relatively independent of irrelevant variations between images. By definition:
Intensity
- × 100
%Intensity = ------------------------------------n
Intensity
S
∑
where IntensityS is the calibrated
intensity of spot S in a gel containing n
spots.
Vol × 100
%Vol = --------------------n
Vol
∑ S
where VolS is the volume of spot S in a
gel containing n spots.
S=1
S=1
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These measures take into account variations due to protein loading and staining,
by considering the total intensity or volume over all the spots in the image. This
means that in an image where, globally, the spots are darker than in another
image, the majority of spot volumes is higher. However, the bulk of %Vol should
be similar to those in the compared image, at least for gels with similar spot
patterns.
Please note that although the %Vol is a rather efficient measure for evaluating
protein expression differences between gels, the %Intensity is not as relevant to
use.
0.75 * Intensity
Intensity
Intensity
Figure 7-2. Spot quantification. The 3D View in ImageMaster reflects the spot shape and
volume of what will effectively be quantified. The spot outline corresponds to the area at
75% of the spot height when measured from the peak.
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When detecting spots, ImageMaster also computes the Saliency for each spot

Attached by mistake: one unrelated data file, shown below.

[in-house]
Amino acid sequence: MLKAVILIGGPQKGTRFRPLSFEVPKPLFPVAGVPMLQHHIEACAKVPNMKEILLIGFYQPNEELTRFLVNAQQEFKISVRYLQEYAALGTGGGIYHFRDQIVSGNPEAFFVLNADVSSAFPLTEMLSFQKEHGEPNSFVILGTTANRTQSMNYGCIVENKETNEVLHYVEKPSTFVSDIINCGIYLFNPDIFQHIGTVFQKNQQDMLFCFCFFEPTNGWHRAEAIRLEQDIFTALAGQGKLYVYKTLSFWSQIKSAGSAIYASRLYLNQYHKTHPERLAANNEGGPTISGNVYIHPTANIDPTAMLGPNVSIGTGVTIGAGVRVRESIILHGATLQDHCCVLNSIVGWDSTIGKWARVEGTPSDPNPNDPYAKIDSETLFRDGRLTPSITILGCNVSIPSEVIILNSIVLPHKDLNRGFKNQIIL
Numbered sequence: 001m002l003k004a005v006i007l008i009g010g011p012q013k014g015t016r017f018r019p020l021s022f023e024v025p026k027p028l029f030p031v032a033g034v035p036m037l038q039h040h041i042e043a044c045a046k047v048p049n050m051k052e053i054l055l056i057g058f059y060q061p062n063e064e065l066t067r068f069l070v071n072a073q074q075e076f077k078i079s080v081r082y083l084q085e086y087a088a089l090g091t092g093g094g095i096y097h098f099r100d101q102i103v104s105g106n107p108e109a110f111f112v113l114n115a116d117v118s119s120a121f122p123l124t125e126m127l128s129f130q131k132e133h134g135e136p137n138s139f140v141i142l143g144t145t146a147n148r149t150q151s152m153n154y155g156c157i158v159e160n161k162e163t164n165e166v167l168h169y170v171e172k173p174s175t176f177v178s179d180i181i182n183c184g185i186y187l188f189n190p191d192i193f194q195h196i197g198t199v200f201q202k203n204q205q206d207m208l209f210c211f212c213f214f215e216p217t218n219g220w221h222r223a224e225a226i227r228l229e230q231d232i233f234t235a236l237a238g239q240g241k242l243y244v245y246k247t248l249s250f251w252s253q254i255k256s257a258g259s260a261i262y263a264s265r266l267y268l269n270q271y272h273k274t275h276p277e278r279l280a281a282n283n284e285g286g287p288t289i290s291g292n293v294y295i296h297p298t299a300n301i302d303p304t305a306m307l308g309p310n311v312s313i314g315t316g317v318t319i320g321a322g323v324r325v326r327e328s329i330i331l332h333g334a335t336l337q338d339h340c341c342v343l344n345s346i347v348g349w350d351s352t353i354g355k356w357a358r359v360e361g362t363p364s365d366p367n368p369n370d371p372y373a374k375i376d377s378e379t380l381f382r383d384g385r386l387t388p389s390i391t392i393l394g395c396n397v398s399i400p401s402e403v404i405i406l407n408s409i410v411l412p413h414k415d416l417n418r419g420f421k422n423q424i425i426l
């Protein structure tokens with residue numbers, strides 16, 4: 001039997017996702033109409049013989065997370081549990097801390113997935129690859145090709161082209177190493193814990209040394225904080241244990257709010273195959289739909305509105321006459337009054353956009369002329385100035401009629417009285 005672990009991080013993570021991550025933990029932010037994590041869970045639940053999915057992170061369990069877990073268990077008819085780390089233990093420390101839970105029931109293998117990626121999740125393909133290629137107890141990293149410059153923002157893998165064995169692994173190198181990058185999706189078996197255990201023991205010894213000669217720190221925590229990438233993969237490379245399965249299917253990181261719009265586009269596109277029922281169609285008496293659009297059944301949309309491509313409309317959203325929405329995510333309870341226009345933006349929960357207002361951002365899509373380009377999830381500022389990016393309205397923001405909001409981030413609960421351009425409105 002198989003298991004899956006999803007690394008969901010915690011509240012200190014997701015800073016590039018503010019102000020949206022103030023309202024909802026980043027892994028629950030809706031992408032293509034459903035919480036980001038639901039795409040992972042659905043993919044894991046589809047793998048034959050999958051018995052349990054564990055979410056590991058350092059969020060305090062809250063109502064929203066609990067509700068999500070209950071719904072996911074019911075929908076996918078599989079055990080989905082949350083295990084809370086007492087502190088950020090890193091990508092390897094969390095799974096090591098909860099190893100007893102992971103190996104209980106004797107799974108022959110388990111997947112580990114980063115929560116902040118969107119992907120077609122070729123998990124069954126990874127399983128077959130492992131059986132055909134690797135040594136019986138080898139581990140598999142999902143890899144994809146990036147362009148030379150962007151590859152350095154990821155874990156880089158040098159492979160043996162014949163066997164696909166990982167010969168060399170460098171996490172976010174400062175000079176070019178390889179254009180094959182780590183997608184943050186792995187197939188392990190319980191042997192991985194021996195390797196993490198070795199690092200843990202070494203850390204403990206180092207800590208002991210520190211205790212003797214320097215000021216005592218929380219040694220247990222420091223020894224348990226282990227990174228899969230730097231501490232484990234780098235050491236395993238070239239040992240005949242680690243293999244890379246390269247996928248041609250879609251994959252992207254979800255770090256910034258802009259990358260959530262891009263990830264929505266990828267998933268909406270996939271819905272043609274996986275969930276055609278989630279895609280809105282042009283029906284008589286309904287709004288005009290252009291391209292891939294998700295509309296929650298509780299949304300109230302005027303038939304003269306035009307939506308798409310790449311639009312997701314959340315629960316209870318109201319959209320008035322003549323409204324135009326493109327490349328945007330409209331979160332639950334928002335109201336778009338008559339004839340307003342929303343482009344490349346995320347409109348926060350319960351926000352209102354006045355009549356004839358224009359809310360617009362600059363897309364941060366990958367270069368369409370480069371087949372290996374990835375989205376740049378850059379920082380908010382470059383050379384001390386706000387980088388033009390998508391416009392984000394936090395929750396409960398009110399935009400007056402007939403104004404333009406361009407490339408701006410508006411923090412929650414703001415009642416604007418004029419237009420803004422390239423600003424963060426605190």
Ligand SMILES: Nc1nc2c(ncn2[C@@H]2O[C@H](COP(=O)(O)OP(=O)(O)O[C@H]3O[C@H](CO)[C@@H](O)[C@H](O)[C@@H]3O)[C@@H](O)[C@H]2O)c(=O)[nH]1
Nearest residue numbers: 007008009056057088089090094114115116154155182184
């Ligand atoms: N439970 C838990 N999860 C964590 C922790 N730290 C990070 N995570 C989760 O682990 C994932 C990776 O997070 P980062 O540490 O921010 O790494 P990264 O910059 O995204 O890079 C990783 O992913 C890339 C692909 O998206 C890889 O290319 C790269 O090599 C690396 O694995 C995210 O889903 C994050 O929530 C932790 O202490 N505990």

(see Section 7.3.2 ). It is displayed together with the above-mentioned
quantification values in the Cursor Information window or a Spot Report.
7.4
Co-detecting spots in DIGE gels
The co-detection algorithm is designed to simultaneously process 1, 2 or 3
images derived from a single gel.
• Single detection - one image
• Double detection - two images
• Triple detection - three images
Single detection is performed on images of fluorescently post-stained gels used
for picking, a case where there is a single image associated with the gel.
Double and triple detection takes advantage of the inherent comigration benefits
of the CyDye DIGE Fluor dyes. A set of co-run images (2 images in double
detection and 3 images in triple detection) are merged together thereby
incorporating all spot features in a single image. Spot detection and spot
boundary definition is then performed using pixel data from all the individual raw
images and the merged image. The resultant spot map is overlaid back onto the
original image files. Since the spot boundaries and the detection areas are
identical for all images, the spots are effectively already matched. This process